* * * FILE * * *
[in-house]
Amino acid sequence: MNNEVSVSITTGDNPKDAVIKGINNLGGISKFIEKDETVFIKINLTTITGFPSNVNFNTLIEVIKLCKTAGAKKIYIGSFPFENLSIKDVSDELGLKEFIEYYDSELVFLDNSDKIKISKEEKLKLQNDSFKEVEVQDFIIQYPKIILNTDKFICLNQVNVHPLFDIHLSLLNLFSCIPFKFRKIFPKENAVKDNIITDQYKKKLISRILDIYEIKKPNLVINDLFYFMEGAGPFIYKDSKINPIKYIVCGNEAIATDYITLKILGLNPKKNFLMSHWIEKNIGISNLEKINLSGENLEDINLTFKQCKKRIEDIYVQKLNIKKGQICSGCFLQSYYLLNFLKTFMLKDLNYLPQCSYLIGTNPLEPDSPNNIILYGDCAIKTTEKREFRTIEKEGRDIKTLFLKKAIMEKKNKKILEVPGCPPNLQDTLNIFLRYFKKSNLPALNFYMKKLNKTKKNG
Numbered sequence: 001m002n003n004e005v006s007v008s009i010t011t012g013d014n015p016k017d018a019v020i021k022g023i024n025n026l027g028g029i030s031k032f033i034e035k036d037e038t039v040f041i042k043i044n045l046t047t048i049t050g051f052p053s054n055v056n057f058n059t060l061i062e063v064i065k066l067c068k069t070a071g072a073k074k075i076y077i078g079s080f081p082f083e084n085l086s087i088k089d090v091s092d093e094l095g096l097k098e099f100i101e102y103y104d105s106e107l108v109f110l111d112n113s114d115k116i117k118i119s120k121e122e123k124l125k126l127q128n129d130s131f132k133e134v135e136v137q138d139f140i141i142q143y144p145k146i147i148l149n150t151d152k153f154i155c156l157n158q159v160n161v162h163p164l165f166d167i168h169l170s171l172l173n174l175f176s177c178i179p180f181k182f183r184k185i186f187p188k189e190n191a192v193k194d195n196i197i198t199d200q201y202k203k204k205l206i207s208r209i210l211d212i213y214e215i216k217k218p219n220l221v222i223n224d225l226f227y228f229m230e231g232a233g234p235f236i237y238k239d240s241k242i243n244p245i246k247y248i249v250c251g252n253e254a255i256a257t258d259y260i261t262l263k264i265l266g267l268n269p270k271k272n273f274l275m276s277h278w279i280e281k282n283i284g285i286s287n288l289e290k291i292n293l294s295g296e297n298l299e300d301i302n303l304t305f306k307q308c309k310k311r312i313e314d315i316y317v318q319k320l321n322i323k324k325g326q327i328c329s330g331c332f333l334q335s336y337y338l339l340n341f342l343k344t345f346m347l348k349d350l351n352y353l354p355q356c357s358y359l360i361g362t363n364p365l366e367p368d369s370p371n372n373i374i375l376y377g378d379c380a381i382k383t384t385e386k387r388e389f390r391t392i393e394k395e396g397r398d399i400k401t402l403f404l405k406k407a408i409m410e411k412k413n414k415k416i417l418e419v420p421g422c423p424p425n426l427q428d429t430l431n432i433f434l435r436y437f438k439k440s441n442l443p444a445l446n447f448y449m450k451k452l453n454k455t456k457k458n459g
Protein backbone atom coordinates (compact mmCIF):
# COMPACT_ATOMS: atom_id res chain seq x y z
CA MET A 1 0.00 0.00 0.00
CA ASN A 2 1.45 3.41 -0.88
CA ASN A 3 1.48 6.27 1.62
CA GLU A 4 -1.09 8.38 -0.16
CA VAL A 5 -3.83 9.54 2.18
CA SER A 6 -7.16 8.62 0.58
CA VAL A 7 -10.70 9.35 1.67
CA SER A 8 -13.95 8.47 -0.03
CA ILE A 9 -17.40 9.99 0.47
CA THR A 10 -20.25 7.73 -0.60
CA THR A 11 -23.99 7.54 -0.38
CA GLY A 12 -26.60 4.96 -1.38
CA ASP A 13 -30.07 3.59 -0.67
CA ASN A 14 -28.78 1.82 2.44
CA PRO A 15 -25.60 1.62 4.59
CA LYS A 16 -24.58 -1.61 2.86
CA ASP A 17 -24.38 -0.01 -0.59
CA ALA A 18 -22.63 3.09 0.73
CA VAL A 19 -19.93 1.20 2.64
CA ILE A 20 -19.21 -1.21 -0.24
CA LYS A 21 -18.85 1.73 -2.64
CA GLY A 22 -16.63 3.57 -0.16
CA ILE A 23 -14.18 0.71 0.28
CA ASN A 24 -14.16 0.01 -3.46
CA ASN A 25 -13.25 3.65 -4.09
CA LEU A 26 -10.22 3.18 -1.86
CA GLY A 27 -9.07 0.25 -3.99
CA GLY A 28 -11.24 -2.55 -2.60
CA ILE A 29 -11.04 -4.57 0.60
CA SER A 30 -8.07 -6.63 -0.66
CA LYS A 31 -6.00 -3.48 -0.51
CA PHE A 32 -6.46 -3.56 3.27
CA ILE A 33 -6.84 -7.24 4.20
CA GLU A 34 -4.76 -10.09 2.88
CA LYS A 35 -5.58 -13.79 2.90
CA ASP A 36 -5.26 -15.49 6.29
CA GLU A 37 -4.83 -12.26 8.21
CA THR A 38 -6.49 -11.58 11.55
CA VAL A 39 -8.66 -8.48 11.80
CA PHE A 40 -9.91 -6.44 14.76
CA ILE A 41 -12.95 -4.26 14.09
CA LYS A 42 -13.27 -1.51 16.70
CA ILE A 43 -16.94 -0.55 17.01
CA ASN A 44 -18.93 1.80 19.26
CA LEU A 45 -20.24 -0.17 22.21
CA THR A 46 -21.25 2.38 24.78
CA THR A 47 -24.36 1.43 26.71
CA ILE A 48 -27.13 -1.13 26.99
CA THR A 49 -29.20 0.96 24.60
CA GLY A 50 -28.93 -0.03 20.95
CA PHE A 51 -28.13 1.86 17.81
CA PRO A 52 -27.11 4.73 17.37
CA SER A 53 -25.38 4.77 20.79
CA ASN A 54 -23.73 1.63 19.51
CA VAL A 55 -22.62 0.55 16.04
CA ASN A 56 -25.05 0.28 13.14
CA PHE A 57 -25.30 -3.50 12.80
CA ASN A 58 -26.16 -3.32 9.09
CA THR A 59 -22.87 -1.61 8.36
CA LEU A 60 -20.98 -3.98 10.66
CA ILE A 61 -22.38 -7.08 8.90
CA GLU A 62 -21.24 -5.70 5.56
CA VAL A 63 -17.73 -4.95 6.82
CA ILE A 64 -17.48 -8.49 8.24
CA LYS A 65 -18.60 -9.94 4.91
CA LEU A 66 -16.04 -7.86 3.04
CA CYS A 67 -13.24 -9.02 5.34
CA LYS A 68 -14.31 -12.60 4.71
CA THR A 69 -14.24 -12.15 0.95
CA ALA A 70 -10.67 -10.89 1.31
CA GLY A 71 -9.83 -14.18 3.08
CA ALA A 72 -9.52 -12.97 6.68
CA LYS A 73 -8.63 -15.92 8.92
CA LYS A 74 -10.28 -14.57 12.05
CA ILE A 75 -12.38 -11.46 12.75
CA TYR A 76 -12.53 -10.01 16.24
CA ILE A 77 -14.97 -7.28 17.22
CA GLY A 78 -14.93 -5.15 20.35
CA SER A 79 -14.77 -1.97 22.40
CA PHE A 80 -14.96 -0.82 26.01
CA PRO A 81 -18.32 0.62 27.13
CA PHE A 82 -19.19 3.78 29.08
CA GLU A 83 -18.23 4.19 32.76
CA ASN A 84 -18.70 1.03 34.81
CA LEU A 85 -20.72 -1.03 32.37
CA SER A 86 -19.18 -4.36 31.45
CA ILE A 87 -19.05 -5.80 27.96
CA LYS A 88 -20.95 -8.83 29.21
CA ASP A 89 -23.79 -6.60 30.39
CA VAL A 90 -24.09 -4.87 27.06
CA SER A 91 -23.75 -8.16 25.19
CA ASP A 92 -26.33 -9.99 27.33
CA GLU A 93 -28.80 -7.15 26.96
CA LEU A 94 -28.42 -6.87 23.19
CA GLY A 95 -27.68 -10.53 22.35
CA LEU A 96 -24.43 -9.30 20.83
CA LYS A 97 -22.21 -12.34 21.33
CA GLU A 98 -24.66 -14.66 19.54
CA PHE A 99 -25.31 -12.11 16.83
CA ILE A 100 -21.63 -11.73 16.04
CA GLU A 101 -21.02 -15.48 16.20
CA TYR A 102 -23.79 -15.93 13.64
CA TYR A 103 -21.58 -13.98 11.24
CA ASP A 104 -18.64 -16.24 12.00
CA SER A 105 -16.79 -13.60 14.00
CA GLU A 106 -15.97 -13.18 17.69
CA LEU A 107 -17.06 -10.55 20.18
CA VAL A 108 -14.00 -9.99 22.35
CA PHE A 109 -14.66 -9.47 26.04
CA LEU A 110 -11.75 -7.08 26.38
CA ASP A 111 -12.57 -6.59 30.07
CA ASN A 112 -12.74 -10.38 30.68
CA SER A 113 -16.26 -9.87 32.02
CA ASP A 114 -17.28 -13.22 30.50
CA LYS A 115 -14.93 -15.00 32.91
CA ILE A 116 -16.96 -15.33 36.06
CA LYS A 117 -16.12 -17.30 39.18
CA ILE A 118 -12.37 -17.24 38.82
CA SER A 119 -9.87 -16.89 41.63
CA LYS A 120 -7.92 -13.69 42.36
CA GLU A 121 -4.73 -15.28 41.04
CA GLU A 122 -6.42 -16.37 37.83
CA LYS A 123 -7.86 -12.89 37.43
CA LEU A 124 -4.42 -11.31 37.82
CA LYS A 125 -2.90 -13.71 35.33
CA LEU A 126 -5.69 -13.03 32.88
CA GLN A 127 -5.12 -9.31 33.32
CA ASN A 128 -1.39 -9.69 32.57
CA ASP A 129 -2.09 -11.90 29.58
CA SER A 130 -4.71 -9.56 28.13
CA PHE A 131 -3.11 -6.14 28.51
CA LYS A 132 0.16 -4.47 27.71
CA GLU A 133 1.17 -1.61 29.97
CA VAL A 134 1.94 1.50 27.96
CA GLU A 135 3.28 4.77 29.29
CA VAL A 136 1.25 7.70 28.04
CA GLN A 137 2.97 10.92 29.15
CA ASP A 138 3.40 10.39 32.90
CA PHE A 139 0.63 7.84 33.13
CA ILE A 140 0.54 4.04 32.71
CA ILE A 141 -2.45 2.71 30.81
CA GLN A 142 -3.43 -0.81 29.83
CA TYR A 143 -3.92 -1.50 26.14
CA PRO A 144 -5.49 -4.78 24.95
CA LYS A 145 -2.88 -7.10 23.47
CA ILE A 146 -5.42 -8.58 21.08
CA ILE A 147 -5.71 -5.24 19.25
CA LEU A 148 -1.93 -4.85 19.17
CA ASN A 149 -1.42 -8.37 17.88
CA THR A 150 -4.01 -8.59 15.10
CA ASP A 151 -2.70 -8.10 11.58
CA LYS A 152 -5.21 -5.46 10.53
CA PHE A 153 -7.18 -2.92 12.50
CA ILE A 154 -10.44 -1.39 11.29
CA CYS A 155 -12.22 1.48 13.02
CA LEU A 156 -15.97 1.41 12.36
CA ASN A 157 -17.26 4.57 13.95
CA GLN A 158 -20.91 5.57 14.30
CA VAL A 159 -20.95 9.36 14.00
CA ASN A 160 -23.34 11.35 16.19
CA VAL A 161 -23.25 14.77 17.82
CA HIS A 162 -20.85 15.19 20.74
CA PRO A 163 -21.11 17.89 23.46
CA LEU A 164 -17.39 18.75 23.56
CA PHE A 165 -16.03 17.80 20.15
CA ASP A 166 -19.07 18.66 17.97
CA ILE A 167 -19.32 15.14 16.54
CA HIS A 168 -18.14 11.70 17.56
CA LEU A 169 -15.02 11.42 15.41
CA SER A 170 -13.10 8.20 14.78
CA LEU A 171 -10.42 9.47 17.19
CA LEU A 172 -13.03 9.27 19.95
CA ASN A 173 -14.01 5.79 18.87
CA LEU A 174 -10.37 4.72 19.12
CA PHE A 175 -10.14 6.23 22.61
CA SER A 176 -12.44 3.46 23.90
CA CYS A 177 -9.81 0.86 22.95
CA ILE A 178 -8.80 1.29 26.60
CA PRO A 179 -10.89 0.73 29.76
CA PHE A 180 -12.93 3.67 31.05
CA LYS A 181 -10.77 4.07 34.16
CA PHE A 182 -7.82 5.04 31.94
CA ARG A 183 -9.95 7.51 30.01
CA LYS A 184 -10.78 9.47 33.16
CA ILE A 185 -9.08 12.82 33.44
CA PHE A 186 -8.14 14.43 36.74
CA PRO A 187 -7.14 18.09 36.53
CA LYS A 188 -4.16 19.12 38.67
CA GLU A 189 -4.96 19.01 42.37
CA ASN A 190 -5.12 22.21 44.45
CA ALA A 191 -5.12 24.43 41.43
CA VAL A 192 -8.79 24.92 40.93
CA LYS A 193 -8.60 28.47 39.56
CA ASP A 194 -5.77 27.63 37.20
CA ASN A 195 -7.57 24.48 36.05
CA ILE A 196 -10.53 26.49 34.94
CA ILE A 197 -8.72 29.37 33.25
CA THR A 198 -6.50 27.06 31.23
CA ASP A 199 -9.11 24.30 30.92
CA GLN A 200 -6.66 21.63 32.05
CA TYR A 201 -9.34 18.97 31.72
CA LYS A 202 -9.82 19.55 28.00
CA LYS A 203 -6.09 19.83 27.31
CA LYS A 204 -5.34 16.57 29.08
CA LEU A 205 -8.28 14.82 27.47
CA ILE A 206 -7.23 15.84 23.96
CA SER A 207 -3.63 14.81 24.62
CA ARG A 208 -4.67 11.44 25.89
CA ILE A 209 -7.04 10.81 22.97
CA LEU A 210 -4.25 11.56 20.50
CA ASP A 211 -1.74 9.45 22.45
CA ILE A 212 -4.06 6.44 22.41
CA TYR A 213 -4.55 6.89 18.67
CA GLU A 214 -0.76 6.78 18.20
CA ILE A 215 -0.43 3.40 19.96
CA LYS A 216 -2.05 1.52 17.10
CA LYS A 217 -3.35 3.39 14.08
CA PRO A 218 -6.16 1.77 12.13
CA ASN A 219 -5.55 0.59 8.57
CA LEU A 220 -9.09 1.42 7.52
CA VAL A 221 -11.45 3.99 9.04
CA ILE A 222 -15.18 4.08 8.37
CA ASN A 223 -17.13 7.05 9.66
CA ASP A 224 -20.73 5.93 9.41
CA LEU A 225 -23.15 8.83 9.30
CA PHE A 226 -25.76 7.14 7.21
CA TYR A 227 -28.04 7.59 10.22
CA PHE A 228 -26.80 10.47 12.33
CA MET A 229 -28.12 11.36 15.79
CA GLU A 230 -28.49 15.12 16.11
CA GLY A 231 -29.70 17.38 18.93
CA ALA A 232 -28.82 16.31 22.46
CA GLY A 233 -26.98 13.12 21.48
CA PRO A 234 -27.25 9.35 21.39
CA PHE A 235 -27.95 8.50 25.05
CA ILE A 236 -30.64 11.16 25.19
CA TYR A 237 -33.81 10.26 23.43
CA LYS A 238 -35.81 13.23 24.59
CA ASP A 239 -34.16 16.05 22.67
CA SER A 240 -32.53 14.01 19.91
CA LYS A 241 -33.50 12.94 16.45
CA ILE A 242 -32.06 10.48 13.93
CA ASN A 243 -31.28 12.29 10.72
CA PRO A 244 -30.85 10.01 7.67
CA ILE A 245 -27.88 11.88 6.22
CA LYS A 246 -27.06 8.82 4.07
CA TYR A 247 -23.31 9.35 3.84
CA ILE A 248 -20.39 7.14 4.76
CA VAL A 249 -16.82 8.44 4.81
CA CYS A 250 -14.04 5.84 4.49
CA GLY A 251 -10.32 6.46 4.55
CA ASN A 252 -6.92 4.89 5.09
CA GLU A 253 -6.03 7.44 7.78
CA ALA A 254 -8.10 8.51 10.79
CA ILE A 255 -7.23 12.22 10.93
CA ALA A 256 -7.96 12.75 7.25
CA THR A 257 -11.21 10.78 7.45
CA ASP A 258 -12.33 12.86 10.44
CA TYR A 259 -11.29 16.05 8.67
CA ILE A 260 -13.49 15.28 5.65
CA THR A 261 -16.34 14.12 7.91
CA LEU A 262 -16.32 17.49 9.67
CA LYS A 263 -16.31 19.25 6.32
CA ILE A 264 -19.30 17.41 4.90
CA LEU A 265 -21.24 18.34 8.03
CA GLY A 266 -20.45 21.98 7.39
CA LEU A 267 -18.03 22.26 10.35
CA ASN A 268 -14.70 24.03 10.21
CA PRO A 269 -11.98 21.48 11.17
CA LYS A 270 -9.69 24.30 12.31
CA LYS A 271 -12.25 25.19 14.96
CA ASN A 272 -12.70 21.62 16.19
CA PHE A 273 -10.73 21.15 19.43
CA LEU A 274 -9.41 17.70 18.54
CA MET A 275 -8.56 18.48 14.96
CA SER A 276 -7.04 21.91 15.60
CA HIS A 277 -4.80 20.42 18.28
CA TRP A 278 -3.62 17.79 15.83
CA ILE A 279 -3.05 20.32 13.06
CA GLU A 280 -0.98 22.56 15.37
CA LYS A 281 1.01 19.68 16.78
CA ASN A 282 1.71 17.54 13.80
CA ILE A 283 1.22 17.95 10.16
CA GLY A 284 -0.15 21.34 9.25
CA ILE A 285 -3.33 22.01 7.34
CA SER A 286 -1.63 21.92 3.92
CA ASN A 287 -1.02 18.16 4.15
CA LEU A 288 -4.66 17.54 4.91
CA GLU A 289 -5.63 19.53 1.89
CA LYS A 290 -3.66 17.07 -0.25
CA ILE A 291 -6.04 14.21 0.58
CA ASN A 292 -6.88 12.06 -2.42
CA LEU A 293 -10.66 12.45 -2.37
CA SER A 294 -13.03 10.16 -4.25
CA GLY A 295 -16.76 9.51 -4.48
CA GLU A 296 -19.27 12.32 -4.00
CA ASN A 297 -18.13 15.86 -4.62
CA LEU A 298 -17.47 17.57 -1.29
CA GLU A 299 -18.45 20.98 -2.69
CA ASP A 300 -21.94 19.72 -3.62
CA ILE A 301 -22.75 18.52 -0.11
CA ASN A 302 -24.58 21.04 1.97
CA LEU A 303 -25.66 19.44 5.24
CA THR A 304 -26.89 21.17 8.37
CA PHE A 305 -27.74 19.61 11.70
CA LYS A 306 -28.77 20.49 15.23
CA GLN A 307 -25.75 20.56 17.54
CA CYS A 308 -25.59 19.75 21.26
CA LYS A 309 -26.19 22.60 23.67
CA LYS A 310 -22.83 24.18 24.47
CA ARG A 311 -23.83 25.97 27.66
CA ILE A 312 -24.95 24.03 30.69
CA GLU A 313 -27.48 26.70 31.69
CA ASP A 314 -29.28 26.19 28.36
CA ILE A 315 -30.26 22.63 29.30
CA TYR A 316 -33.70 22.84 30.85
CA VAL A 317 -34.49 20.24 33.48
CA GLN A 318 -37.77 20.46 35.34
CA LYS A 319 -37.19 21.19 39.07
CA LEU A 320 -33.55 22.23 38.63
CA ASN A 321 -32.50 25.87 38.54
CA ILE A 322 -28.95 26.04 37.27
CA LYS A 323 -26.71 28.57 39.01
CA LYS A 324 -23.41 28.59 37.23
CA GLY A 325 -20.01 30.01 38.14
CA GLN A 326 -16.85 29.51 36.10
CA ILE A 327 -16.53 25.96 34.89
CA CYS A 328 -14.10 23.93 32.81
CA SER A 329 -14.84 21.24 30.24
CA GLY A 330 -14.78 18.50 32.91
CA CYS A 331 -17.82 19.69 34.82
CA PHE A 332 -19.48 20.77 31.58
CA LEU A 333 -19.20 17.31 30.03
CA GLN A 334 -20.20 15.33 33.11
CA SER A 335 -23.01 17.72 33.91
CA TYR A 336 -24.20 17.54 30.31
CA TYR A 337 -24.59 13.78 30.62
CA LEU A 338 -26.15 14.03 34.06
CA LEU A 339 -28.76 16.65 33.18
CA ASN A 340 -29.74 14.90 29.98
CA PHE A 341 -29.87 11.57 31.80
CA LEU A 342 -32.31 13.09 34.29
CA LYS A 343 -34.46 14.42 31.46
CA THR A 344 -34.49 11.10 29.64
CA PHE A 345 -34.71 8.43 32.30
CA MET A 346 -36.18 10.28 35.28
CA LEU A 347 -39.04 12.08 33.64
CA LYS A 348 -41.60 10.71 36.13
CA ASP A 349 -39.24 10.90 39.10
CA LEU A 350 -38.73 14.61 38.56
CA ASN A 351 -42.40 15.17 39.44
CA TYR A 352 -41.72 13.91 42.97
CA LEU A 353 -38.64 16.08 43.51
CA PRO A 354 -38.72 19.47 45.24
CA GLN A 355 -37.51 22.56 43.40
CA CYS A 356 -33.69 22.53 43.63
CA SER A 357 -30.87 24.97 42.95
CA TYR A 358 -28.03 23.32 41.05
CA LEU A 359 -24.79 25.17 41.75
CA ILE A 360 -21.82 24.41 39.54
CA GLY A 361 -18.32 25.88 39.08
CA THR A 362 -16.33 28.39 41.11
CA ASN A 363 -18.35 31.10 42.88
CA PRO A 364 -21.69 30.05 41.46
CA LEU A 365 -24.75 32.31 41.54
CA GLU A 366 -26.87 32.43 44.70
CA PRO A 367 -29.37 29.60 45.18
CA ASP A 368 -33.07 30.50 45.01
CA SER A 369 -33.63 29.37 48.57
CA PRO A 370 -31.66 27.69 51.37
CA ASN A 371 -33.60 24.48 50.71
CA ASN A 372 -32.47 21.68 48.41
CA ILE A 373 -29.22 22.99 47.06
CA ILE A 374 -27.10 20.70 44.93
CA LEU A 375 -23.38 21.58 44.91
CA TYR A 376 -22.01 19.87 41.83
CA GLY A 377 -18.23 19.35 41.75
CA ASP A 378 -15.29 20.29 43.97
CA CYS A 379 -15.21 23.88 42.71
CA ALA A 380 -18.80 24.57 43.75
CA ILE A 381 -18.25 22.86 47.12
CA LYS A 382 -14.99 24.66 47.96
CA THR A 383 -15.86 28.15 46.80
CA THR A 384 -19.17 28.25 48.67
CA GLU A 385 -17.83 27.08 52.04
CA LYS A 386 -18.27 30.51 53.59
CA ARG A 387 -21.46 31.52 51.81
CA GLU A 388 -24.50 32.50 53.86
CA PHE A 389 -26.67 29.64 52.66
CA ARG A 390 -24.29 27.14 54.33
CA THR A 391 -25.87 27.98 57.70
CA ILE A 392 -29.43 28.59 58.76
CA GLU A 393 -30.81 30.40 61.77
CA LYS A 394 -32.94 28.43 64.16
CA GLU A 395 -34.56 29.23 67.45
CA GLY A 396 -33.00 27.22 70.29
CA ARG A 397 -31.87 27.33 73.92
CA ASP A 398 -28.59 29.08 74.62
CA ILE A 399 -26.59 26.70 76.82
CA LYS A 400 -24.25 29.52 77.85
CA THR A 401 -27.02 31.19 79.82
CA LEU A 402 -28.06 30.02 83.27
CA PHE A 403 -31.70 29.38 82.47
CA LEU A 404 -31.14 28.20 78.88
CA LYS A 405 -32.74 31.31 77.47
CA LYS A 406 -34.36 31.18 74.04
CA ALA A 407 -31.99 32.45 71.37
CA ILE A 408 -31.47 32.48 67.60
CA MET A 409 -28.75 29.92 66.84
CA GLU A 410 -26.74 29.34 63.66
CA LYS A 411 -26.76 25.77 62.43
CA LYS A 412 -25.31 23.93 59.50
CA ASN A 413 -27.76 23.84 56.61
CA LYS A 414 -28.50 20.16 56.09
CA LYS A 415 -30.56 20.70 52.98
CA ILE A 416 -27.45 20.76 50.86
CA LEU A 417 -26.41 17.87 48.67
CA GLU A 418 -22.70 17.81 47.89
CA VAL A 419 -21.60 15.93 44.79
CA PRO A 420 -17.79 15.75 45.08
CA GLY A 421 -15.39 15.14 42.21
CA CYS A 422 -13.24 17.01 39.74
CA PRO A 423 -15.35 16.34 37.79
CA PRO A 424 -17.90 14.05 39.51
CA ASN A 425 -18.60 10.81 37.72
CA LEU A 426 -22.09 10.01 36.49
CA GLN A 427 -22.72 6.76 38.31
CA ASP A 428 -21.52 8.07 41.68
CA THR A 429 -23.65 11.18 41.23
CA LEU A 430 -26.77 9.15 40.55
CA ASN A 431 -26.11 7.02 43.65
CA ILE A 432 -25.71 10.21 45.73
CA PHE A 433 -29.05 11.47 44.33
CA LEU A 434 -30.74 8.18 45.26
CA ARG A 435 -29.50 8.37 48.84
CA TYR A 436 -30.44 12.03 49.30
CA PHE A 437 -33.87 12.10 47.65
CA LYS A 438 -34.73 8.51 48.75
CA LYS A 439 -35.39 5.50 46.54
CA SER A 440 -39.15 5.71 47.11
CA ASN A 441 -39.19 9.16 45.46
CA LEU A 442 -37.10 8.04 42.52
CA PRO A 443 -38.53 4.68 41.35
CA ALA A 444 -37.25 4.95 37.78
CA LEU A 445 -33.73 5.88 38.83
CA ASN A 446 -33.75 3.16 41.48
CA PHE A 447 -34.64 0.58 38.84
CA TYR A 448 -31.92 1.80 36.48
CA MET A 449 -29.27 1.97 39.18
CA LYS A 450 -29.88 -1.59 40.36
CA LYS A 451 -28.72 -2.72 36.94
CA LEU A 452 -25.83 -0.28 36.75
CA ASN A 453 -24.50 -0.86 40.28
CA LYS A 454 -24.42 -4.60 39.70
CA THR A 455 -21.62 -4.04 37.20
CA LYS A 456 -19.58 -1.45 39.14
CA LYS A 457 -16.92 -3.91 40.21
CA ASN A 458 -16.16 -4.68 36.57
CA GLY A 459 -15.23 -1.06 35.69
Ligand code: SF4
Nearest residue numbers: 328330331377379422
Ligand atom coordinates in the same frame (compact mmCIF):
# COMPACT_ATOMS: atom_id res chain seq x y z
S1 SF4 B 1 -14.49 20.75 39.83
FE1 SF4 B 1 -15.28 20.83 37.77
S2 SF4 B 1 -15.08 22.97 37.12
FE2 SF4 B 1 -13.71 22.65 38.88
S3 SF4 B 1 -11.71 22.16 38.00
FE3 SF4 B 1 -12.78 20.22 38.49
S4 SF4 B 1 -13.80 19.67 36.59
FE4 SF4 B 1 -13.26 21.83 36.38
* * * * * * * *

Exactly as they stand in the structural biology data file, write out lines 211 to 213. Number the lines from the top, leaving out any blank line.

CA ILE A 206 -7.23 15.84 23.96
CA SER A 207 -3.63 14.81 24.62
CA ARG A 208 -4.67 11.44 25.89